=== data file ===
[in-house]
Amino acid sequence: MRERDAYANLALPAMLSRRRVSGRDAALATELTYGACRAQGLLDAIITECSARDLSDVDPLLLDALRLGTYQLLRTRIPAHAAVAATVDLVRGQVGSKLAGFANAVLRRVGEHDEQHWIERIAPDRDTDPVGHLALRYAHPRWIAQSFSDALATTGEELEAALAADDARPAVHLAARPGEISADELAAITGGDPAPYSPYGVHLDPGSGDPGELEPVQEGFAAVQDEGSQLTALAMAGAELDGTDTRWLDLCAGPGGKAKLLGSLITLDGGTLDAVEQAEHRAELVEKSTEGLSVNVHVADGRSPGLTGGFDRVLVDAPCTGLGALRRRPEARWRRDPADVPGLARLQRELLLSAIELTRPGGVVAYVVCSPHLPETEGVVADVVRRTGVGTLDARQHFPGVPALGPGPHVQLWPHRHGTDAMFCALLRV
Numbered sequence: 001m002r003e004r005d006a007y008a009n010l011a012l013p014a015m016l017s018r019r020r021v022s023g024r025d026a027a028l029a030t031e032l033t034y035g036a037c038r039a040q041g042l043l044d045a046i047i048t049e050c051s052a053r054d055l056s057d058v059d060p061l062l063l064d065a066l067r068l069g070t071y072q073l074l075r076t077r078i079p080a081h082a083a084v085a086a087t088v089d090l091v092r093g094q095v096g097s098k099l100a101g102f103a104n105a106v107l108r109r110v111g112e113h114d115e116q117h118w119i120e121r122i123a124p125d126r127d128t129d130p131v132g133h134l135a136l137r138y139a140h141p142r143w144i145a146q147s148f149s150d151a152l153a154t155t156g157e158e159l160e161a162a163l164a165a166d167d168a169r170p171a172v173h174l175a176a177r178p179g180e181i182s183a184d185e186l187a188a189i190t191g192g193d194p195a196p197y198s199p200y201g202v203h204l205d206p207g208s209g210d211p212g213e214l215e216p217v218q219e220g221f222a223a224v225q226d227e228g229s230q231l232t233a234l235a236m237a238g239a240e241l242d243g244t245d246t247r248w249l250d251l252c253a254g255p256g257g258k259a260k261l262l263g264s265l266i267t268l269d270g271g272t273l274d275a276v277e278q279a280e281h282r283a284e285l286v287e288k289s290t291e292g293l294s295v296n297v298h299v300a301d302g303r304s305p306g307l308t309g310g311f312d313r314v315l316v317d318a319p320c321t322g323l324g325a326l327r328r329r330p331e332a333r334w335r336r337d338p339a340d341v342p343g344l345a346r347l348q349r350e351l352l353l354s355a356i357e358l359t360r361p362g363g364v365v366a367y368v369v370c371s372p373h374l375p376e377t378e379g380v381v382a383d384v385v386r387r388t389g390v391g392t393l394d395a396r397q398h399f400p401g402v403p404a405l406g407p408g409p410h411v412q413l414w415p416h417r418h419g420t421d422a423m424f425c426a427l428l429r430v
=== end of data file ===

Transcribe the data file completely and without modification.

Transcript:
[in-house]
Amino acid sequence: MRERDAYANLALPAMLSRRRVSGRDAALATELTYGACRAQGLLDAIITECSARDLSDVDPLLLDALRLGTYQLLRTRIPAHAAVAATVDLVRGQVGSKLAGFANAVLRRVGEHDEQHWIERIAPDRDTDPVGHLALRYAHPRWIAQSFSDALATTGEELEAALAADDARPAVHLAARPGEISADELAAITGGDPAPYSPYGVHLDPGSGDPGELEPVQEGFAAVQDEGSQLTALAMAGAELDGTDTRWLDLCAGPGGKAKLLGSLITLDGGTLDAVEQAEHRAELVEKSTEGLSVNVHVADGRSPGLTGGFDRVLVDAPCTGLGALRRRPEARWRRDPADVPGLARLQRELLLSAIELTRPGGVVAYVVCSPHLPETEGVVADVVRRTGVGTLDARQHFPGVPALGPGPHVQLWPHRHGTDAMFCALLRV
Numbered sequence: 001m002r003e004r005d006a007y008a009n010l011a012l013p014a015m016l017s018r019r020r021v022s023g024r025d026a027a028l029a030t031e032l033t034y035g036a037c038r039a040q041g042l043l044d045a046i047i048t049e050c051s052a053r054d055l056s057d058v059d060p061l062l063l064d065a066l067r068l069g070t071y072q073l074l075r076t077r078i079p080a081h082a083a084v085a086a087t088v089d090l091v092r093g094q095v096g097s098k099l100a101g102f103a104n105a106v107l108r109r110v111g112e113h114d115e116q117h118w119i120e121r122i123a124p125d126r127d128t129d130p131v132g133h134l135a136l137r138y139a140h141p142r143w144i145a146q147s148f149s150d151a152l153a154t155t156g157e158e159l160e161a162a163l164a165a166d167d168a169r170p171a172v173h174l175a176a177r178p179g180e181i182s183a184d185e186l187a188a189i190t191g192g193d194p195a196p197y198s199p200y201g202v203h204l205d206p207g208s209g210d211p212g213e214l215e216p217v218q219e220g221f222a223a224v225q226d227e228g229s230q231l232t233a234l235a236m237a238g239a240e241l242d243g244t245d246t247r248w249l250d251l252c253a254g255p256g257g258k259a260k261l262l263g264s265l266i267t268l269d270g271g272t273l274d275a276v277e278q279a280e281h282r283a284e285l286v287e288k289s290t291e292g293l294s295v296n297v298h299v300a301d302g303r304s305p306g307l308t309g310g311f312d313r314v315l316v317d318a319p320c321t322g323l324g325a326l327r328r329r330p331e332a333r334w335r336r337d338p339a340d341v342p343g344l345a346r347l348q349r350e351l352l353l354s355a356i357e358l359t360r361p362g363g364v365v366a367y368v369v370c371s372p373h374l375p376e377t378e379g380v381v382a383d384v385v386r387r388t389g390v391g392t393l394d395a396r397q398h399f400p401g402v403p404a405l406g407p408g409p410h411v412q413l414w415p416h417r418h419g420t421d422a423m424f425c426a427l428l429r430v